10.  Self publish but hire a professional editor to read the manuscript.  A potential problem here.  If you are paying the editor big bucks (and you will), this person may not be as honest about the critique.  After all, you are the employer. 

11.  There’s an influx of retirees who think they should write a bestseller−who think they are capable of writing a bestseller.  Get back in the garden where you belong.  (No one at the conference suggested this.  It’s the voices−the voices.)

I came away from the seminar feeling disheartened.  I couldn’t help it.  It was a downer.  I wasn’t the only one who felt depressed learning the daunting truths and formidable obstacles of becoming a published author. 

A few days later, my positive outlook prevailed over the cold facts.  The possibility of never getting my novel published is discouraging, but not enough for me to lay down my pen.   

Now, where was I........

Monday, May 07, 2012

Prepping to Write Suspense

My time management skills suck.  It’s even tough for me to organize getting organized.  I gave it a good shot last week.  It’s crucial when beginning a new project−namely my suspense novel.  I wanted to free as many hours as possible for the first week of writing.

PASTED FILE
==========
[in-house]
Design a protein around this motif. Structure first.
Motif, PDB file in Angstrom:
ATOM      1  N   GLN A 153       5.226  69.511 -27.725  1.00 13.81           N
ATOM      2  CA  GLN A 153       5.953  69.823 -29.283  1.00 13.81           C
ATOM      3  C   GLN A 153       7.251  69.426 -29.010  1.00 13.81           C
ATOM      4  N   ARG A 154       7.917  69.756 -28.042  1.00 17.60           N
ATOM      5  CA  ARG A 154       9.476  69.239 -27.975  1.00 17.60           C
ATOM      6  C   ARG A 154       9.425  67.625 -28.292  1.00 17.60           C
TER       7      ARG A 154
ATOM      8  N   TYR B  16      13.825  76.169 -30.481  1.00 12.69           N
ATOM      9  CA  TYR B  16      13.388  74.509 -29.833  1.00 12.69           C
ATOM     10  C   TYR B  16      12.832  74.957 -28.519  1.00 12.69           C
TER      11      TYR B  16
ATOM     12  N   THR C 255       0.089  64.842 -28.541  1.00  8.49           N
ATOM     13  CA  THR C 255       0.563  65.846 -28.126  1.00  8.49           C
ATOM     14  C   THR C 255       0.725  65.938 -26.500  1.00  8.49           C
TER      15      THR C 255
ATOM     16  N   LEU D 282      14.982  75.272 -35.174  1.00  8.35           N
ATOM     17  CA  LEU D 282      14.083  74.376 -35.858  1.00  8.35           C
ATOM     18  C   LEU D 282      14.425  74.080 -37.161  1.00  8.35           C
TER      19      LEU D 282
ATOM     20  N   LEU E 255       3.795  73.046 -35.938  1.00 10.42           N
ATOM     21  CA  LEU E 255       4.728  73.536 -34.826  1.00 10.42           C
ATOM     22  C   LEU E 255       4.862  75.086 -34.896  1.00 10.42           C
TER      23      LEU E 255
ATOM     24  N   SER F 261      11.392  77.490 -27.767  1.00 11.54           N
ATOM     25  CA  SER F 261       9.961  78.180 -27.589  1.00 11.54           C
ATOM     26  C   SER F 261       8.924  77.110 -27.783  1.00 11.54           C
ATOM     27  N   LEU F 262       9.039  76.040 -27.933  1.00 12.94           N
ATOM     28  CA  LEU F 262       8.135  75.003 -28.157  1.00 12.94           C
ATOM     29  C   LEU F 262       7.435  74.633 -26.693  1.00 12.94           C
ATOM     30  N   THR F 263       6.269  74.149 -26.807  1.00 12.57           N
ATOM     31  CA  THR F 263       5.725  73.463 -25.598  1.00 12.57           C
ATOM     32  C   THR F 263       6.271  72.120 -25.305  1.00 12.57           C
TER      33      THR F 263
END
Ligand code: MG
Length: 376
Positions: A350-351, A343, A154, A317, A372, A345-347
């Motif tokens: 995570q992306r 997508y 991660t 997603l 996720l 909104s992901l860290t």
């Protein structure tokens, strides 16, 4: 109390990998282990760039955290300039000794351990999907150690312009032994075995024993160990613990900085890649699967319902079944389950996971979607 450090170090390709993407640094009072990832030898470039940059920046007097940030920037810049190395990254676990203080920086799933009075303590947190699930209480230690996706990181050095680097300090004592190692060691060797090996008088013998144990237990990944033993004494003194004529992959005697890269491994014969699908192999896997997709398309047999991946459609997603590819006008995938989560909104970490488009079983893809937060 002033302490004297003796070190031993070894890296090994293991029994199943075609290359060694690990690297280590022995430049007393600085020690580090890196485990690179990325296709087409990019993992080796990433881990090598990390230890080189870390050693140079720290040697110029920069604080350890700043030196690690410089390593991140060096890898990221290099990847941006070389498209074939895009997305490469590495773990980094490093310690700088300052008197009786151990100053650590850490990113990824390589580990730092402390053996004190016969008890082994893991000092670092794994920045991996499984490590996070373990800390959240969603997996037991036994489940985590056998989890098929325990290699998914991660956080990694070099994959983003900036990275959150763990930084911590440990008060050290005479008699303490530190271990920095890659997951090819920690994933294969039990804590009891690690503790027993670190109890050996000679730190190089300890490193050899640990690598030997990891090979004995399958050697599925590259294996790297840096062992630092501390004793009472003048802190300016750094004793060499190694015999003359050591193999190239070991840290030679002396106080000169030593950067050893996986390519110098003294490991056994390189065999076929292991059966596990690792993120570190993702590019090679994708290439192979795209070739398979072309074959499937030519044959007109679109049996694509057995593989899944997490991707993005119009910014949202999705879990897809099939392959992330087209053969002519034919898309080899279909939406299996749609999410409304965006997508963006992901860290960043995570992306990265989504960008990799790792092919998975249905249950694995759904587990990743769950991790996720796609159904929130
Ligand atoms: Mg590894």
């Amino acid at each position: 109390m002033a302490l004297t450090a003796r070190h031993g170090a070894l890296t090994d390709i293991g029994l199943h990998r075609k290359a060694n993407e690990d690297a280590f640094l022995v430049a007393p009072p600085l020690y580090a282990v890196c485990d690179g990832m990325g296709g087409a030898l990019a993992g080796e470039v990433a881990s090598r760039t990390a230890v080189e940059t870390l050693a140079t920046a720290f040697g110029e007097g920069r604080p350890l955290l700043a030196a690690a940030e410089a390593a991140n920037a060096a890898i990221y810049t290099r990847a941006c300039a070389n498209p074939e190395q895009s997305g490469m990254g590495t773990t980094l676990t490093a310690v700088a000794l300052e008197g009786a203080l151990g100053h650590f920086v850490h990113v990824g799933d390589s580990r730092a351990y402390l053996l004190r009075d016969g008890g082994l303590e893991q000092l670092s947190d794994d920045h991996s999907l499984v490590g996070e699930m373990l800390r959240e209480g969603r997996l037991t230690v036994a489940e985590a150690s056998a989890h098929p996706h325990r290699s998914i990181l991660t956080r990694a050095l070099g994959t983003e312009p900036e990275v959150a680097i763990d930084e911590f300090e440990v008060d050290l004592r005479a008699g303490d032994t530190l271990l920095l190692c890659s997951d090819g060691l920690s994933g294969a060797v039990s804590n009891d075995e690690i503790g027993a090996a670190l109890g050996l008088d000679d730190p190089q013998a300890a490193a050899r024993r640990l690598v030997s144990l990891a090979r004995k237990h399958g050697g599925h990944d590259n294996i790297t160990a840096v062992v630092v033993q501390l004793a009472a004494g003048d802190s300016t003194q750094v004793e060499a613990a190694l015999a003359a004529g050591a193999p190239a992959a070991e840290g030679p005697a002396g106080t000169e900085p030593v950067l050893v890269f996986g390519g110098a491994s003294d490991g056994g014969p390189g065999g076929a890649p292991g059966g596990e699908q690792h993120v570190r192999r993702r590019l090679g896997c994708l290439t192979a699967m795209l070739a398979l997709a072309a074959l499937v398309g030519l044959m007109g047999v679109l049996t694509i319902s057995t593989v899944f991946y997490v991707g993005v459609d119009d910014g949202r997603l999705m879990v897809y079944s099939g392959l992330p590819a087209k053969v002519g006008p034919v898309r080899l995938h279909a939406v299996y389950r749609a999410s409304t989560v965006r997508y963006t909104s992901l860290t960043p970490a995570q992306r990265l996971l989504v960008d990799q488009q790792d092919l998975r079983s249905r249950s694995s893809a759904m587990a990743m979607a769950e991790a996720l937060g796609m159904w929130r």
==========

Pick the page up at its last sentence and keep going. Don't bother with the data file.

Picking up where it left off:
To begin with, I considered the time wasted spent online.  Too much.  That became number one on my to-do list.

1.      Inform family, friends, and colleagues that I will not be responding to emails for the week (gulp).  It seems I am not disciplined enough to read through my emails without scouting facebook, analyzing blogger stats, scanning favourite blogs, and checking out online publications for comments on my stories.  No, I can’t do one without the other.  Staying off the internet for a week gives me hours of extra writing time.  It’s all about sacrifice!

2.      Discuss plan with my husband.  The plan being that I would not break away from my writing to cook meals.  Okay, so that’s not a sacrifice.  Remember this is only for my first week blitz.